Another year, another set of unusual conditions for the world and business. But the fundamentals of buying and selling businesses have remained the same. That doesn’t mean that sellers can’t focus on a few key spots to better prepare their businesses for sale. Let’s look at them.
1. Monitor Market Conditions
We’re long past the “wait and see” time of early 2020. Buyers are looking for new opportunities and they are most excited about businesses that continued to perform well throughout the last two years. In addition, financing can still be had at very good rates (for the moment!).
Action item: Be in touch with your broker about market conditions in your segment and how quickly businesses like yours are selling. More importantly, find out what were the 1-2 reasons why buyers ended up picking particular businesses and see if you can use those reasons to better position your business.
2. Think Virtual
The last two years have completely transformed our lives in almost every aspect of our lives:
- Work & School: many employees moved to remote work situations and some schools had a hybrid of in-person and virtual learning
- Food: from delivery and pick up of already-made food to delivery and pick up of groceries, businesses have bent over backwards to accommodate legal requirements and consumer desires
- Religious services: many places of worship offered virtual services to account for the fact that their congregations were not able to be together in person
What has that meant for your business? If you used to travel to visit vendors or clients, how have virtual meetings worked? If you’ve had to offer contactless or distanced delivery of services to your clients, have they been as engaged or consistent in staying with you? What new opportunities presented themselves in the new environment that Covid-19 presented?
Action item: Have a full report compiled on what you learned from the early days of Covid-19, what your business did to adapt, then how you measured those adaptations and continued to tweak for best results.
3. Plan Your Exit
We’ve said before that the overwhelming majority of successful sellers wait until their business is already on the market before doing their exit planning. It’s never too soon to start your exit planning.
Exit planning isn’t just about when you want to exit and what you want to get for your business, but what happens next after a successful transaction. It also isn’t something that just happens because you want it to: you need to have made sure your business is ready for your exit too.
Action item: Put together your exit plan. Write down why you want to exit and when, and how much you would want for your business (based on a valuation, not your opinion). If systems and personnel aren’t yet in place for your departure, how long would it take to put those in place? Remember that the more the business is dependent on you for day-to-day operations, the less attractive it is for buyers.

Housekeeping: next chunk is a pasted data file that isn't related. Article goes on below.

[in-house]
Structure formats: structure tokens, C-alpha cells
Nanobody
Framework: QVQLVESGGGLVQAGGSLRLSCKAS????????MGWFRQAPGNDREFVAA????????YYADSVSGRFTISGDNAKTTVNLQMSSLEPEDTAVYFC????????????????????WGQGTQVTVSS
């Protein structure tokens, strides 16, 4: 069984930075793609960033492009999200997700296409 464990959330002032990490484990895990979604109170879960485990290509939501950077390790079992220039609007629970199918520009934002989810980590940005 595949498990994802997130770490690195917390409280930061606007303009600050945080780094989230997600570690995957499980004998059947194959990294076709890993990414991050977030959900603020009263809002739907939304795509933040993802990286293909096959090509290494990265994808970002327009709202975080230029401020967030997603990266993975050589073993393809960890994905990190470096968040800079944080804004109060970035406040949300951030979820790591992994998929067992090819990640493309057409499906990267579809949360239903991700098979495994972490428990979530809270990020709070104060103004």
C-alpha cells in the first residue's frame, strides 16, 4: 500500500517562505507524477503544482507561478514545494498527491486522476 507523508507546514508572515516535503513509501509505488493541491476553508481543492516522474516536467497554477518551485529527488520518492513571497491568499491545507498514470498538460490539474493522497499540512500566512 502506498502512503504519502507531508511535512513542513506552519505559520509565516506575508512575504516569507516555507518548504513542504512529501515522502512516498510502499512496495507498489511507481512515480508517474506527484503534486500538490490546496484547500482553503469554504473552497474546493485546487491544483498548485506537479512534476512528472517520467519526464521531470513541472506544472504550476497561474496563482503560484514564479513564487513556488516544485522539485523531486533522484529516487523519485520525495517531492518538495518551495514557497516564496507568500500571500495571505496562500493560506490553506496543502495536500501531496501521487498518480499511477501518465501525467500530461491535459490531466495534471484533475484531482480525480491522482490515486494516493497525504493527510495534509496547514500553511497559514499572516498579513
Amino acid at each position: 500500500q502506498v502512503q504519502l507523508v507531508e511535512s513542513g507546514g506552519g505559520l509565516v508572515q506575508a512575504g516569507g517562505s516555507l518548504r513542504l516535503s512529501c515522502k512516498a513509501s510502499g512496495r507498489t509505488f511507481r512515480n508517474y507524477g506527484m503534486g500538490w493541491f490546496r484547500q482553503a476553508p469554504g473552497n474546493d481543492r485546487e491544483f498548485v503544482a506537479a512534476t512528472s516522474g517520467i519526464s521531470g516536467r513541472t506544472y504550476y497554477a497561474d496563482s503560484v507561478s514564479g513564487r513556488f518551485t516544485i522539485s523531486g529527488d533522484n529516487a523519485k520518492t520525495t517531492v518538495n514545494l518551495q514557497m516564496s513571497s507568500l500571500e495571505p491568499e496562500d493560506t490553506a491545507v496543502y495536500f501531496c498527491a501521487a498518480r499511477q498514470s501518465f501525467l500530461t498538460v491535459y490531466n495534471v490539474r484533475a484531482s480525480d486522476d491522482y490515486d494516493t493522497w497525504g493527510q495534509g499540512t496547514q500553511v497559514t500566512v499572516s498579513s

4. Prep Due Diligence
One of the first places a transaction can get bogged down is in the due diligence phase. Part of this is normal: there’s a lot of documentation that buyers want to go through and that simply takes time. But the sheer number of documents can tire sellers, even motivated ones. And the longer deals take to close, the likelier they are not to close at all.
Just as with exit planning, due diligence prep should be started before you list your business for sale. Knowing that all the reports and paperwork are saved and ready to go for a buyer is not just a load of your mind, but it will give you, as a seller, a quiet confidence: your business is ready for sale.
Action item: Ask your business broker for a typical due diligence list for a business like yours. Some basics you’re going to want to have include:
- Business tax returns for at least the last three years
- Internal accounting files for the last three years
- Account Payable and Receivable aging reports
- Detailed Inventory and Equipment Lists
- Annual CapEx report
- List of Insurance Policies
- List of Required Licenses
- Customer records, in as detailed a form as you have
- Employee records
- Employee Benefits
- Vendor records, with recommendations as to whether relationships have been good, average, or should be switched
- Records of payables and receivables
- Operations Manual and Employee Manual
- Organizational Structure with names and positions
- Technology report: how well-developed is your website, social media presence, SEO, etc.
- Pending changes and improvements: what purchases or changes are going to happen in the next 12 months regardless if the business is sold (e.g. website upgrade, equipment purchase, brand refresh) and why are those purchases or changes happening
We can’t do these action items for you, but we can certainly help. Give us a call and let us know which of these you need help with.